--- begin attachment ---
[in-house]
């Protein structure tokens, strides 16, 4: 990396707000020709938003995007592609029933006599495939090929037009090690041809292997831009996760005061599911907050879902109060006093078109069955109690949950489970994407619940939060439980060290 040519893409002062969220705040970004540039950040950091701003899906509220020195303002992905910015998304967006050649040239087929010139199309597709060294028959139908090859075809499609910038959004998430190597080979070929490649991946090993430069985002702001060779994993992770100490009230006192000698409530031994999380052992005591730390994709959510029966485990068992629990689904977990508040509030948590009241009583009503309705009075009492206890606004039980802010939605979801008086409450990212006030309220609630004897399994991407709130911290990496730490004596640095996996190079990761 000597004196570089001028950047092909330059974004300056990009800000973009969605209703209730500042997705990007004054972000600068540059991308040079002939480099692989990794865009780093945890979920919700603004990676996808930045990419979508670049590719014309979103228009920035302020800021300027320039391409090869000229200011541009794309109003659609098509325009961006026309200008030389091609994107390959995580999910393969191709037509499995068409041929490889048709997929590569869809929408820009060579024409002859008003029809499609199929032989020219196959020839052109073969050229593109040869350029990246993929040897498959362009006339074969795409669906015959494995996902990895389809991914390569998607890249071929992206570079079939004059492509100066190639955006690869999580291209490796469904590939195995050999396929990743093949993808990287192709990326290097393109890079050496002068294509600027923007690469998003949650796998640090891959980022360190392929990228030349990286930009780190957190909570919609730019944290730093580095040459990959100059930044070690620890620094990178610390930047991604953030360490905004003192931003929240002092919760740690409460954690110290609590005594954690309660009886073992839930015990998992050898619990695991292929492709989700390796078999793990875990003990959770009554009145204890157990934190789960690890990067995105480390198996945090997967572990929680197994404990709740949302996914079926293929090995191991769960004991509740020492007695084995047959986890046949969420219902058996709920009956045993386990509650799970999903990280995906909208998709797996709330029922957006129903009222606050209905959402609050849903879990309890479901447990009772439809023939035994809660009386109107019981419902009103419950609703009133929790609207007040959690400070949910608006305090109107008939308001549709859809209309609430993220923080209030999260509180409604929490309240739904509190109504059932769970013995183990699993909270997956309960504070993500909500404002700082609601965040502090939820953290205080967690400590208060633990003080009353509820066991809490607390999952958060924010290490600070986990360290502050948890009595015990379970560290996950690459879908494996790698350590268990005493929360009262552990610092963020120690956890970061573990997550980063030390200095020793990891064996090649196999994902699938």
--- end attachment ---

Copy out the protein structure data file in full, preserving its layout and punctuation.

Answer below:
[in-house]
């Protein structure tokens, strides 16, 4: 990396707000020709938003995007592609029933006599495939090929037009090690041809292997831009996760005061599911907050879902109060006093078109069955109690949950489970994407619940939060439980060290 040519893409002062969220705040970004540039950040950091701003899906509220020195303002992905910015998304967006050649040239087929010139199309597709060294028959139908090859075809499609910038959004998430190597080979070929490649991946090993430069985002702001060779994993992770100490009230006192000698409530031994999380052992005591730390994709959510029966485990068992629990689904977990508040509030948590009241009583009503309705009075009492206890606004039980802010939605979801008086409450990212006030309220609630004897399994991407709130911290990496730490004596640095996996190079990761 000597004196570089001028950047092909330059974004300056990009800000973009969605209703209730500042997705990007004054972000600068540059991308040079002939480099692989990794865009780093945890979920919700603004990676996808930045990419979508670049590719014309979103228009920035302020800021300027320039391409090869000229200011541009794309109003659609098509325009961006026309200008030389091609994107390959995580999910393969191709037509499995068409041929490889048709997929590569869809929408820009060579024409002859008003029809499609199929032989020219196959020839052109073969050229593109040869350029990246993929040897498959362009006339074969795409669906015959494995996902990895389809991914390569998607890249071929992206570079079939004059492509100066190639955006690869999580291209490796469904590939195995050999396929990743093949993808990287192709990326290097393109890079050496002068294509600027923007690469998003949650796998640090891959980022360190392929990228030349990286930009780190957190909570919609730019944290730093580095040459990959100059930044070690620890620094990178610390930047991604953030360490905004003192931003929240002092919760740690409460954690110290609590005594954690309660009886073992839930015990998992050898619990695991292929492709989700390796078999793990875990003990959770009554009145204890157990934190789960690890990067995105480390198996945090997967572990929680197994404990709740949302996914079926293929090995191991769960004991509740020492007695084995047959986890046949969420219902058996709920009956045993386990509650799970999903990280995906909208998709797996709330029922957006129903009222606050209905959402609050849903879990309890479901447990009772439809023939035994809660009386109107019981419902009103419950609703009133929790609207007040959690400070949910608006305090109107008939308001549709859809209309609430993220923080209030999260509180409604929490309240739904509190109504059932769970013995183990699993909270997956309960504070993500909500404002700082609601965040502090939820953290205080967690400590208060633990003080009353509820066991809490607390999952958060924010290490600070986990360290502050948890009595015990379970560290996950690459879908494996790698350590268990005493929360009262552990610092963020120690956890970061573990997550980063030390200095020793990891064996090649196999994902699938």